carlos castaneda

Discussion in 'Metaphysics, Philosophy and Religion Books' started by LandLoper, Jan 6, 2005.

  1. LandLoper

    LandLoper Member

    has anyone read one of carlos castaneda's books??
  2. gnrm23

    gnrm23 Senior Member

    i have read a few --- good fiction, if you like that sort of thing...
    (check our 'wizard of the upper amzon' & lynn andrew's stuff for more in that genre...)
    but hardly the stuff that anthropologists would regard as legitimate "field research"...
    (for real tales, gotta go to schultes, plowman, wasson, even mckenna bros, etc...)
  3. BlackGuardXIII

    BlackGuardXIII fera festiva

    5 or 6 up to 'the eagles gift',

  4. paix

    paix Senior Member

    I'm partway through "The Teachings Of Don Jaun" right now, and love it, but am having trouble reading it. It's just (for me atleast) not a total attention grabber, so I keep finding other books and reading them in between. I'll get through it though, it's a great book, I'm just past the first peyote trip, which I found fasinating.
  5. Crystaleyez

    Crystaleyez Member

    Tales Of Power inspired one of my out of body experiences.
  6. element7

    element7 Random fool

    studied them at great length a few years ago. Castaneda's books don't jive with standard scholasticism but then again neither does McKenna.
  7. nimh

    nimh ~foodie~

    carlos castaneda is at home on my bookshelf. :D
  8. WanderingturnupII

    WanderingturnupII Grouchy Old Fart

    I heard that he faked his research, and that the school that gave him his degree (UCSD, wasn't it?) took it away.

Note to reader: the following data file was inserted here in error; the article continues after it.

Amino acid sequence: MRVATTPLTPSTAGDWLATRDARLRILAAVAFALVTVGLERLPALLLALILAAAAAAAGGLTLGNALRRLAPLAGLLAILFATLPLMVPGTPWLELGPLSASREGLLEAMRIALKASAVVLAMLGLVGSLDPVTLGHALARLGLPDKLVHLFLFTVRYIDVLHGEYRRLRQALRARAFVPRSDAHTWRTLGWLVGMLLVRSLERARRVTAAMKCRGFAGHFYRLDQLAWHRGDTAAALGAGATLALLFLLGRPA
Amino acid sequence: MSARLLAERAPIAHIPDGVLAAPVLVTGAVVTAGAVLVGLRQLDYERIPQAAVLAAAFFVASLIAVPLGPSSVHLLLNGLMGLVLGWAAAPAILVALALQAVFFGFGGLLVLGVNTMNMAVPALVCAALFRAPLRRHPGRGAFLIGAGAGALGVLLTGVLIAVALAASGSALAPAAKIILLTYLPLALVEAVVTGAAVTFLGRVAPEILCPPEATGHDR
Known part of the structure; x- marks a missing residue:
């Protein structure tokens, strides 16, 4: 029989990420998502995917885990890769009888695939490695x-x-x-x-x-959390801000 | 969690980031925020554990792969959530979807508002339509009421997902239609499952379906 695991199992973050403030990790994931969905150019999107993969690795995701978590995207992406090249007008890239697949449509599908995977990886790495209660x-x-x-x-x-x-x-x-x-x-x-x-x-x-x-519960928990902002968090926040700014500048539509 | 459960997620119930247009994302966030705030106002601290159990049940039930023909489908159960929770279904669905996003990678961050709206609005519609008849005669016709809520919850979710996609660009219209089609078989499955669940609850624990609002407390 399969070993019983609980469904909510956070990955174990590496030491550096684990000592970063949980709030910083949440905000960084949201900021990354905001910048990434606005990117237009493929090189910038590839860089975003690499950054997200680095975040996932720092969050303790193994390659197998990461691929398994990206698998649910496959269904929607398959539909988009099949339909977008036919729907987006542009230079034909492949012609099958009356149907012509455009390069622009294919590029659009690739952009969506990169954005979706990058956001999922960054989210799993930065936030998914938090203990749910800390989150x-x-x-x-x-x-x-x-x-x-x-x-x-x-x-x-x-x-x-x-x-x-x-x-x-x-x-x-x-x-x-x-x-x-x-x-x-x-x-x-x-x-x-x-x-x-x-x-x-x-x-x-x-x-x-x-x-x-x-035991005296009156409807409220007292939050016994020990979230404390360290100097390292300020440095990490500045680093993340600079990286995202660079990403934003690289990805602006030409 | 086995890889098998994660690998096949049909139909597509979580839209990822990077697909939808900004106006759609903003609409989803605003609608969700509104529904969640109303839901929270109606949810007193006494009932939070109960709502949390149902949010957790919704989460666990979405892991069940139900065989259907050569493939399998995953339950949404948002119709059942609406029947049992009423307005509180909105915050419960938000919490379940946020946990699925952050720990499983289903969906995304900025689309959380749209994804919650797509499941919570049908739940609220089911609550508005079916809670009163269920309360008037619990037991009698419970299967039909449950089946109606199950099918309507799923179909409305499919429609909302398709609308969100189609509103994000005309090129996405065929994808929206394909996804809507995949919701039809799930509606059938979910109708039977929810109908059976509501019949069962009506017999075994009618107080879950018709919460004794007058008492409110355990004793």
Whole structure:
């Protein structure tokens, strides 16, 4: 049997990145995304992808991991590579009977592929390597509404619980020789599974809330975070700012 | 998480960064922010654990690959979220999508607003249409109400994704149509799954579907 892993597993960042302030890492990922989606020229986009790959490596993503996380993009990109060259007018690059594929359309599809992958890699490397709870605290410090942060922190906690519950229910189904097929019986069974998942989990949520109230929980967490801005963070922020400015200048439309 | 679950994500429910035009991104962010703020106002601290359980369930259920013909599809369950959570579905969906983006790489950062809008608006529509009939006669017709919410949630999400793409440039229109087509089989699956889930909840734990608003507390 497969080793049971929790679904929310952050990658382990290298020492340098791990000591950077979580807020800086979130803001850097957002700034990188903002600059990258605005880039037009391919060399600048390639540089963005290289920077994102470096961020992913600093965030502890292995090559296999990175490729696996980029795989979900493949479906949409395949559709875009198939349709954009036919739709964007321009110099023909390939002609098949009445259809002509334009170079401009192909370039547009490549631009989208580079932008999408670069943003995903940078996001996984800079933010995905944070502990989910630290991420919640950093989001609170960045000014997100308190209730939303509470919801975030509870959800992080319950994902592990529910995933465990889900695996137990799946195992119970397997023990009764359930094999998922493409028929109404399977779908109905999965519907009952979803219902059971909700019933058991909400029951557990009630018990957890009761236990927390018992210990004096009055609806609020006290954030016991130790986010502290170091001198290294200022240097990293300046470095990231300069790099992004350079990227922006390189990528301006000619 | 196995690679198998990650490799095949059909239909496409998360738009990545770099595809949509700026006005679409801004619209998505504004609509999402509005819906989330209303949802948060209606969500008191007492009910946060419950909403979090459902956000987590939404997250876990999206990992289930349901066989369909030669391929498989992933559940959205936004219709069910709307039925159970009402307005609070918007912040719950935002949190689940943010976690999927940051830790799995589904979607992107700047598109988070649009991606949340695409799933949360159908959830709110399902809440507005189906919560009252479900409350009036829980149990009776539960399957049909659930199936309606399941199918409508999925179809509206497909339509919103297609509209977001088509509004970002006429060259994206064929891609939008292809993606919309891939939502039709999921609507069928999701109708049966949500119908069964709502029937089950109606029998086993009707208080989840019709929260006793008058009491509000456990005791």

9. MeAgain

    MeAgain Dazed & Confused Lifetime Supporter Super Moderator

    10 of them, there is some really good stuff in there if you can read between the lines and accept his poetic license.
  10. WanderingturnupII

    WanderingturnupII Grouchy Old Fart

    I guess I should clarify my post a bit. As Anthropology, his books are fraudulent. As a fictional character, Don Juan has the same kind of reality as Don Quixote de la Mancha, or Sherlock Holmes. However, "quixotic" is now an accepted adjective in English, and you might well have smoked from a "sherlock", even though Dr J. Watson would have called The Great Detective's pipe a "calabash". No one besides a lit scholar would refer to anything as "cervanteian", and while "Arthurian" is in the vocabulary, it does not refer to the works of Sir A.C.Doyle. Perhaps one day Casteneda will enjoy this same kind of immortality.
  11. jerry420

    jerry420 Doctor of everything Lifetime Supporter

    his ex wife lives in my town and is good friends with my father
  12. nimh

    nimh ~foodie~

    dish! what does she have to say?
  13. Fallen_stars

    Fallen_stars Member

    I really really love it...and as a guy who want to study in anthropology I could say that maybe his job lack a little bit of objectivity. In fact, there is not objectivity in his books. But I think It's a great antrhopologic study also, because he really went on the field to see want's going on and he really had experiencing what the thing is about. And he kept his rationality all along....

    conclusion: very good books, but you must know how to read between the lines...His approach to antrhopologie is really interesting thought....
  14. I had a friend ask me a few weeks ago if I read his stuff and I told him that I hadn't and I kind of forgot about him altogether until I saw this post.

    What's a good book of his to start out on?

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